Socialization should begin very young so that they mature into calm, confident dogs. They should never be left alone unsupervised with kids, or people uncomfortable with canines. 

Obedience training is a must for Rottweilers. Behavior training will contribute to keeping your dog safe as well as others in your dog’s path.

Rottweilers obedience training

A Rottweiler should be able to perform commands like “stay”, “come”, “sit”, or “drop it”. Beginning at approximately eight weeks of age Rottie puppies can begin simple command training. 

If you get a puppy, puppy training is a good place to begin to reinforce the socialization that Mother Rottweiler began.

Rottweilers have an excellent reputation as guard dogs and are naturally defensive of their pack members, hence it’s recommended to channel defensive instincts properly through socialization.

Rottweilers can grow to weigh more than a hundred pounds, so control of a potentially exuberant large dog is crucial to everyone’s well-being.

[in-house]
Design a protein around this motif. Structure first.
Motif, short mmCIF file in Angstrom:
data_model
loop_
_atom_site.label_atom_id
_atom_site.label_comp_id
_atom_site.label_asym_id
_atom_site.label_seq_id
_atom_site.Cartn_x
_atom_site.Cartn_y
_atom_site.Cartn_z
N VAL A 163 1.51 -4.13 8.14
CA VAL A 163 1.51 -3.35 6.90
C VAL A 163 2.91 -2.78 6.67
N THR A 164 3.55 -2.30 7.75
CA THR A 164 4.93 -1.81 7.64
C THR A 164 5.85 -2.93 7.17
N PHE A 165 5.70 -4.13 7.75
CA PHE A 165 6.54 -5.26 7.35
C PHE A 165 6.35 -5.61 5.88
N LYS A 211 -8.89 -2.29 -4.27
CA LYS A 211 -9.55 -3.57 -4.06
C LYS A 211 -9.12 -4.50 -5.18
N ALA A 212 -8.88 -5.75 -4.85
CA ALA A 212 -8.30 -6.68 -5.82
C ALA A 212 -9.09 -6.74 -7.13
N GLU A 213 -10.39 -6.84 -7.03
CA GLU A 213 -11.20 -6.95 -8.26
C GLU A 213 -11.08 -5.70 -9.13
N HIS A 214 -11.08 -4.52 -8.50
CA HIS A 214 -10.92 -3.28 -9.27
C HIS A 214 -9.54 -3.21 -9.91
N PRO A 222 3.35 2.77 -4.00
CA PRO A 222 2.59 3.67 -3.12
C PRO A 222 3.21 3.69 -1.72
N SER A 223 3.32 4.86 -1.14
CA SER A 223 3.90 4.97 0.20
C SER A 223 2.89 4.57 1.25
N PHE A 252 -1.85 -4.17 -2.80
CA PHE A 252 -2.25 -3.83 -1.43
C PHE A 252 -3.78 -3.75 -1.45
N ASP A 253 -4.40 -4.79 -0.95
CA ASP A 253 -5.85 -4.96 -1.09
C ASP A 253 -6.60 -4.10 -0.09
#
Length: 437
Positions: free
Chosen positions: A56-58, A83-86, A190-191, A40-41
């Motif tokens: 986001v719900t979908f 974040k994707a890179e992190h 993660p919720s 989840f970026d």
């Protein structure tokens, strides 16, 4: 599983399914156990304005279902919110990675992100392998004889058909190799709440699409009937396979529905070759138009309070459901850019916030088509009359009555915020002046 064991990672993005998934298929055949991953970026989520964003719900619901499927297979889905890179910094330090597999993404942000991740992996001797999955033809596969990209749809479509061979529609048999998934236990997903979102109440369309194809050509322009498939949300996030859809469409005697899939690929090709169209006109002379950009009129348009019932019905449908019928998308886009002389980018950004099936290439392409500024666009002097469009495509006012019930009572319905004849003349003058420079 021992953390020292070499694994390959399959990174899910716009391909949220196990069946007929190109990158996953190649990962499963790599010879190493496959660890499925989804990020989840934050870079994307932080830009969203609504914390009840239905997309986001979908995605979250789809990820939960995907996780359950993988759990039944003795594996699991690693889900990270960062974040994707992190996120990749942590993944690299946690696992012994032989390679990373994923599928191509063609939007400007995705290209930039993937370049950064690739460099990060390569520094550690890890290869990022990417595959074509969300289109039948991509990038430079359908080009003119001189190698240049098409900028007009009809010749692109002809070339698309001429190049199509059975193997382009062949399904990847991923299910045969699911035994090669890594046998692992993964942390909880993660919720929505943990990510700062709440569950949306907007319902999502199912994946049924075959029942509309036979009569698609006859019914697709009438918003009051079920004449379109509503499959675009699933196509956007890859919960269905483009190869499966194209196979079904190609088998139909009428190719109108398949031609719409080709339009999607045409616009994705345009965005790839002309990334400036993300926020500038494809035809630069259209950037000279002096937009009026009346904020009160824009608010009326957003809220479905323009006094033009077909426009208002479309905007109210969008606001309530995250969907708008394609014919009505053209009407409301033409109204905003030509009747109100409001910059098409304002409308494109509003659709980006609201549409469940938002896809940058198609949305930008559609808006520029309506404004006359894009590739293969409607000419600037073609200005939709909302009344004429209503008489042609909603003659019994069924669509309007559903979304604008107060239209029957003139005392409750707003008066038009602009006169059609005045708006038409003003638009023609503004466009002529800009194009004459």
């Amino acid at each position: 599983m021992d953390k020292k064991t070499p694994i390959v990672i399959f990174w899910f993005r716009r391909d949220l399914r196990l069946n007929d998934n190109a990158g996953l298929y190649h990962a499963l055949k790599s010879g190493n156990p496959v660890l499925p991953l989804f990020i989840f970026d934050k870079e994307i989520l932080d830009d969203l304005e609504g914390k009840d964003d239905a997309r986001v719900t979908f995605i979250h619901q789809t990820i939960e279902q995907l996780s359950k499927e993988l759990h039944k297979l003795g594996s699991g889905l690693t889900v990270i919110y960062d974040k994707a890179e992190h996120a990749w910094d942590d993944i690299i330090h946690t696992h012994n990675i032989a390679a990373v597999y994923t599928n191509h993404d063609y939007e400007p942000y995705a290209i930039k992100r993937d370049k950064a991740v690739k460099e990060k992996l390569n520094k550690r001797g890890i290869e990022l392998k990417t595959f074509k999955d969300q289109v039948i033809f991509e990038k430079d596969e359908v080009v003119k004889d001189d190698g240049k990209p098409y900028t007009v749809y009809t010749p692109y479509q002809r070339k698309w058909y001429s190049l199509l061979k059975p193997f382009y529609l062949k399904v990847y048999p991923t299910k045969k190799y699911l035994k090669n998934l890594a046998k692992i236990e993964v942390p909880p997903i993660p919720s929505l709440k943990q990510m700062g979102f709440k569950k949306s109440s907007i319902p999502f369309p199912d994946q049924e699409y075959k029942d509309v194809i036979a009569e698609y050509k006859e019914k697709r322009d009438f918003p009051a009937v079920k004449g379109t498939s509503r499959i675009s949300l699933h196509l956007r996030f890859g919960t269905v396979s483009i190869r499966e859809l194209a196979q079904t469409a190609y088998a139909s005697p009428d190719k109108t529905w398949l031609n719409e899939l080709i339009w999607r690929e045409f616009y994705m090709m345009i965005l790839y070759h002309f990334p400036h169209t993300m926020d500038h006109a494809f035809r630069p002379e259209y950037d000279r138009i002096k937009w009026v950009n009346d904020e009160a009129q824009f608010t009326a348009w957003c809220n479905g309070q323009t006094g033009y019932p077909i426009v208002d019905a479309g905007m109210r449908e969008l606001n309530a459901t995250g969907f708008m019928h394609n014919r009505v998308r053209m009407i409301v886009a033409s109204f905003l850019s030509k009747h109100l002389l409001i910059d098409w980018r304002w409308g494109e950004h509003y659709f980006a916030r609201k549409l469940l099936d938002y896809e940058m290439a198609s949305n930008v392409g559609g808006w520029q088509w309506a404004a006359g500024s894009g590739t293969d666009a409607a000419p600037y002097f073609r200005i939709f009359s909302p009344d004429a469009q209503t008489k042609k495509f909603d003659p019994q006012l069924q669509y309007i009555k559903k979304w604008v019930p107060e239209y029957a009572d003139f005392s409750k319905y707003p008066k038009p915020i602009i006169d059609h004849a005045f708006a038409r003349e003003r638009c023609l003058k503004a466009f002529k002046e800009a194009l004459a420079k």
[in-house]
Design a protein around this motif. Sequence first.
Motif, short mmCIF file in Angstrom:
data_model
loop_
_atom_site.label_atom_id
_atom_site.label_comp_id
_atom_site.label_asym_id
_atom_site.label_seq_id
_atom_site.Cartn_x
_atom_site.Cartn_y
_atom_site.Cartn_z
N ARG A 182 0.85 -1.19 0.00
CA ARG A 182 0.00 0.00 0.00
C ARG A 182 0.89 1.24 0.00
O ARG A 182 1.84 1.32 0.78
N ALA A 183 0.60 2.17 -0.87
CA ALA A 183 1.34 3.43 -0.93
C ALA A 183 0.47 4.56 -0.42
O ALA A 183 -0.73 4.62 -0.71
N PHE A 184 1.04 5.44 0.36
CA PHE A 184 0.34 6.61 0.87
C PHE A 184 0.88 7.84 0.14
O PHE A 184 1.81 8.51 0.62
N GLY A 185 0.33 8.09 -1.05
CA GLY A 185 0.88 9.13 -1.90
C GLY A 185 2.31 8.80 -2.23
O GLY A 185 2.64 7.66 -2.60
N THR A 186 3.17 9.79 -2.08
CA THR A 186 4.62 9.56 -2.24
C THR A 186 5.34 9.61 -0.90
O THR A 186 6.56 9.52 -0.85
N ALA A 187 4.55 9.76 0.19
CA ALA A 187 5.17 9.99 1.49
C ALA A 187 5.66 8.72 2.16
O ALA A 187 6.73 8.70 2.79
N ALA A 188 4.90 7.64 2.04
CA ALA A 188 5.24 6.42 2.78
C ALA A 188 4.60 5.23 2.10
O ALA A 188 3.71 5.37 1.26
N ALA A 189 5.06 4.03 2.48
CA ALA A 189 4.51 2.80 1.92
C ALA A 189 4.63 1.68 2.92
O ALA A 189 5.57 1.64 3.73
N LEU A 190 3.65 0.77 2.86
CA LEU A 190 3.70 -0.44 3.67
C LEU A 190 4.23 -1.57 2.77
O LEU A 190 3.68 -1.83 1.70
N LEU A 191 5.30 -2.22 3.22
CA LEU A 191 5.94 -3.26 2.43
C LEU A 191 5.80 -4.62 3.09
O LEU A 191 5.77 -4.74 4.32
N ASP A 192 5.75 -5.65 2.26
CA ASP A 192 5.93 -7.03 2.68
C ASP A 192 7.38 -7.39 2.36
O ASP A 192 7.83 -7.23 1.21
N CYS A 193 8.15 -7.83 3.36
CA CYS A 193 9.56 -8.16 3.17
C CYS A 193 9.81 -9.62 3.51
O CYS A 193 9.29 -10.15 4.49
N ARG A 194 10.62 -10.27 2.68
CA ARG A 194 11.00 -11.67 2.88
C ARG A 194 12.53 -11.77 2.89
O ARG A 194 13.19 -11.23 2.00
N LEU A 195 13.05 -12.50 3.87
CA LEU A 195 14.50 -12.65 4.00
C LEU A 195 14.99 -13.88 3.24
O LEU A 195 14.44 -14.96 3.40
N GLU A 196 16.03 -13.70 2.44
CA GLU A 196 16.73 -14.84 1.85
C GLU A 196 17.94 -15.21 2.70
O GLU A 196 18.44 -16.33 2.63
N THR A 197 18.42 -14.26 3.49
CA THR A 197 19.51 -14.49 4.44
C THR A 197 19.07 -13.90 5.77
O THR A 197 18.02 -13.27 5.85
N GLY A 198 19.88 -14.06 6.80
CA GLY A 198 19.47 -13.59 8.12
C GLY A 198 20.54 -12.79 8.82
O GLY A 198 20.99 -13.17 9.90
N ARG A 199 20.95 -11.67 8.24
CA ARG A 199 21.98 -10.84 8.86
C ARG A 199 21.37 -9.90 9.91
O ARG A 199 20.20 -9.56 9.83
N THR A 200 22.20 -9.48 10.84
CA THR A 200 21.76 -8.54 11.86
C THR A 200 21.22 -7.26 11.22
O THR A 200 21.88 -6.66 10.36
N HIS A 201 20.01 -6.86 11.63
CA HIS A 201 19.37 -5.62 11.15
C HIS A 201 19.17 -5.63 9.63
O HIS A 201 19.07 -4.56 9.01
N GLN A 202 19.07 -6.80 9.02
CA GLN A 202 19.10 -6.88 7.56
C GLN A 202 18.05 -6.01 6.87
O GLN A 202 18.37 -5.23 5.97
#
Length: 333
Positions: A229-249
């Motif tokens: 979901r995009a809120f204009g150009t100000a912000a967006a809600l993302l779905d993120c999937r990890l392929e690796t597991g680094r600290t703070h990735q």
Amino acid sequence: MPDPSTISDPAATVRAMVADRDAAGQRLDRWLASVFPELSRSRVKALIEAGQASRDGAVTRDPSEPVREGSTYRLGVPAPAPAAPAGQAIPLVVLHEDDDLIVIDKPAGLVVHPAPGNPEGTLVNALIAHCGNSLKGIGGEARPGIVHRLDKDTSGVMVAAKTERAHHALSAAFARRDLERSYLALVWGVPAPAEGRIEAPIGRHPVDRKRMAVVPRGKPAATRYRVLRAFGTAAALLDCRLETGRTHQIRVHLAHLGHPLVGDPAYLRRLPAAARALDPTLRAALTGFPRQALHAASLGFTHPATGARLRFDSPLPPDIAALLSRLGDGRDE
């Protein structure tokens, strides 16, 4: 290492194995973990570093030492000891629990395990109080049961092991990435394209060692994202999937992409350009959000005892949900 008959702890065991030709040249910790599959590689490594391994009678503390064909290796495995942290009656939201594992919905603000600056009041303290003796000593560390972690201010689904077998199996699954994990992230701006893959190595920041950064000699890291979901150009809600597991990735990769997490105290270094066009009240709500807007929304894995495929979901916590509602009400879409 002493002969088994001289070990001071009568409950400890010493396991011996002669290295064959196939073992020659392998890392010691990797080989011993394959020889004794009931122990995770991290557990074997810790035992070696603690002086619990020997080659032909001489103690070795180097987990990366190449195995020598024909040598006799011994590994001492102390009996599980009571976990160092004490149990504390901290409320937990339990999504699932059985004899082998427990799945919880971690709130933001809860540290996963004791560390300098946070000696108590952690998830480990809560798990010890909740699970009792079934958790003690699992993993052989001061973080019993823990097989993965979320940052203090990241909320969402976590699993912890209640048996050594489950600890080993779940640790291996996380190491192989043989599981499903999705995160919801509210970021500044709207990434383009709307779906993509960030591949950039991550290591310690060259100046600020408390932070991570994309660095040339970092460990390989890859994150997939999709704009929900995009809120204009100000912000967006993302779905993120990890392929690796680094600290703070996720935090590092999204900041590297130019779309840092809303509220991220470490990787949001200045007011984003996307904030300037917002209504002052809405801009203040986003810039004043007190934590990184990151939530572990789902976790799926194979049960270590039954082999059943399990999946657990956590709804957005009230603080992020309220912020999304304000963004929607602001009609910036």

With a Rottweiler, positive reinforcement is the best method when training. Use treats, verbal praise, petting, or a favorite game or toy when your pup obeys or behaves.

As working dogs, they enjoy having a task to complete. They are thinking dogs that love to please their people.

3. Eye Contact

Rottweiler eye contact

Rotties tend to be very observant. Unlike other dogs, they will not look away or behave submissively.

They will look directly into your eyes and enjoy having eye contact with you. The attention you dedicate to your Rottie should always include eye contact.

4. Grooming

Attention for your pup should include grooming. A regular grooming time can help your pup become accustomed to grooming needs and feel at ease.

Because Rotties have short hair, they require little maintenance and shed little hair. A weekly brushing may be sufficient, but a little extra grooming will enable you to bond with your pooch.

While not more prone to being destructive or noisy than other breeds, their physical power distinguishes them from many other breeds. As highly intelligent pets, they can become bored easily. 

Rottweilers Are People Dogs

Even though they appear large and intimidating, Rottweilers are really people dogs. Many assume that due to their size they should be kept outside. In reality, Rotties enjoy being indoors with their families and feeling a part of the “family”.